It is well-known that the formation of molecule orientation for polymer films is usually a self-assembly process. There should be some solute transport during the growth of blend films. In order to study the mass transport, elemental distribution in PBDB-T-2Cl:IT4F blend films prepared using different solvents were examined by X-ray photoelectron spectroscopy (XPS) (Zhao et al., 2017; Borges et al., 2018). To avoid the influence of surface contamination, all the samples were gently etched by plasma, and the XPS spectra of Cl2p, F1s, and S2s are depicted in Figures 4A–C, respectively. The Cl2p peaks for films using benzene, TMB, and TEB are much higher than those using 100% CB, while the intensity of F1s is lower. Due to the fact that Cl only exists in donor and F only exists in acceptor, this result indicates that more PBDB-T-2Cl have been transported to the surface of blend film when using benzene and triple symmetric non-halogen benzene. Among the mentioned solvents above, the transport rate for the sample using TEB is the highest. Besides, the variation trend of S2p consists of Cl2p as well, probably due to PBDB-T-2Cl having a higher S ratio (22.2%) than IT-4F (8.96%), which further confirms our point. Making careful observations, XPS core levels of films prepared using triple symmetric benzene, TMB, and TEB show a clear shift compared with the film prepared using 100% CB, which could also provide some chemical information. Interestingly, the shift tendencies of Cl2p, F1s, and S2p XPS peaks were all the same. Take Cl2p peaks as an example: the binding energy of Cl2p3/2 XPS peaks of the film prepared using 100% CB is centered at 199.65 eV, and it shows a tiny shift to 199.78 eV when using 80% CB and 20% benzene mixture. The binding energies of the films using 20% TMB and TEB show an obvious shift to lower energy, and both of them are peaked at 199.53 eV. Although there is a lack of direct evidence, we believe the cause of XPS shift was related to the variation of domain component or molecule stacking state, which could affect the outer electron cloud density because there was no other component that could be introduced using different solvents.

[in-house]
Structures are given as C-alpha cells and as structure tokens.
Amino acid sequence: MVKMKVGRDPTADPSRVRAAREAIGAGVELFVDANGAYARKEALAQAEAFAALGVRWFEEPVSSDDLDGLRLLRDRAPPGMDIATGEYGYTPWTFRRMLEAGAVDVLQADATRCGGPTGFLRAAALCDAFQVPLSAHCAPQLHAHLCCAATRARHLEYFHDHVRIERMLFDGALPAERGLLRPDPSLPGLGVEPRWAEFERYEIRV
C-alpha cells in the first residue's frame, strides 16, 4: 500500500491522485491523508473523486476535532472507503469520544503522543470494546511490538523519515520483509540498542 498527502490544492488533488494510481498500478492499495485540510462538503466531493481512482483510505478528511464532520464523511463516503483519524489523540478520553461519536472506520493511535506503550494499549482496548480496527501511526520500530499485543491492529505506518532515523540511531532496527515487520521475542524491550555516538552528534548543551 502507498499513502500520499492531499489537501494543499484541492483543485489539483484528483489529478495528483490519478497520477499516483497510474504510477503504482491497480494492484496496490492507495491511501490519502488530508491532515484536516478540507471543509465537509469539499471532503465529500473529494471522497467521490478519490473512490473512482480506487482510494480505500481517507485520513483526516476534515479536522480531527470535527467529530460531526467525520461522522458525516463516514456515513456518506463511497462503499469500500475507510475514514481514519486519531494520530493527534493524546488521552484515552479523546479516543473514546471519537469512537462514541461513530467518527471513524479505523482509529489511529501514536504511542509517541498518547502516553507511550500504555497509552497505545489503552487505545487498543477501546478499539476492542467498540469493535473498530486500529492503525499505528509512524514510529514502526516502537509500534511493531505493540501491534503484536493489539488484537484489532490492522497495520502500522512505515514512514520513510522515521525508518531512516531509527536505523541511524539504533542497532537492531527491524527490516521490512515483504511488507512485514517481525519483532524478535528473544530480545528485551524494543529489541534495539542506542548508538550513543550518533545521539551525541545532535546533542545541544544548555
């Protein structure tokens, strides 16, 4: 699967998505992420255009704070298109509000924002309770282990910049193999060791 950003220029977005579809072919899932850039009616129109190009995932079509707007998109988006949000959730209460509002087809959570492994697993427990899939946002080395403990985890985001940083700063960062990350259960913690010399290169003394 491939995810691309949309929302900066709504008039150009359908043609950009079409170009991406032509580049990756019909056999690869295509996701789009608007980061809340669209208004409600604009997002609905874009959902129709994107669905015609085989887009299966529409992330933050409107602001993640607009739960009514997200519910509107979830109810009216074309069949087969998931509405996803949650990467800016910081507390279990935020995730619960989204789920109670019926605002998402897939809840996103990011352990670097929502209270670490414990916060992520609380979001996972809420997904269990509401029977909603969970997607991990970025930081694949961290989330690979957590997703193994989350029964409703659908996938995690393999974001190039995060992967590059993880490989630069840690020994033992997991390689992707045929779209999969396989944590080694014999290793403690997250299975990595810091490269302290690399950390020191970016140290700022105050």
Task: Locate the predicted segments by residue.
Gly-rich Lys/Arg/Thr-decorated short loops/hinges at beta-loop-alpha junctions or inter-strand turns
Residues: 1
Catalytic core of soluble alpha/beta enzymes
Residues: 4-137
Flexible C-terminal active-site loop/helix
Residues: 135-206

Figure 4. (A) C1s, (B) F1s, and (C) S2p X-ray photoelectron spectroscopy (XPS) peaks of the films using varied solvents.

C1s(A),F1s(B), and S2p(C) X ray photoelectron spectroscopy(XPS) peaks of the films using varied solvents.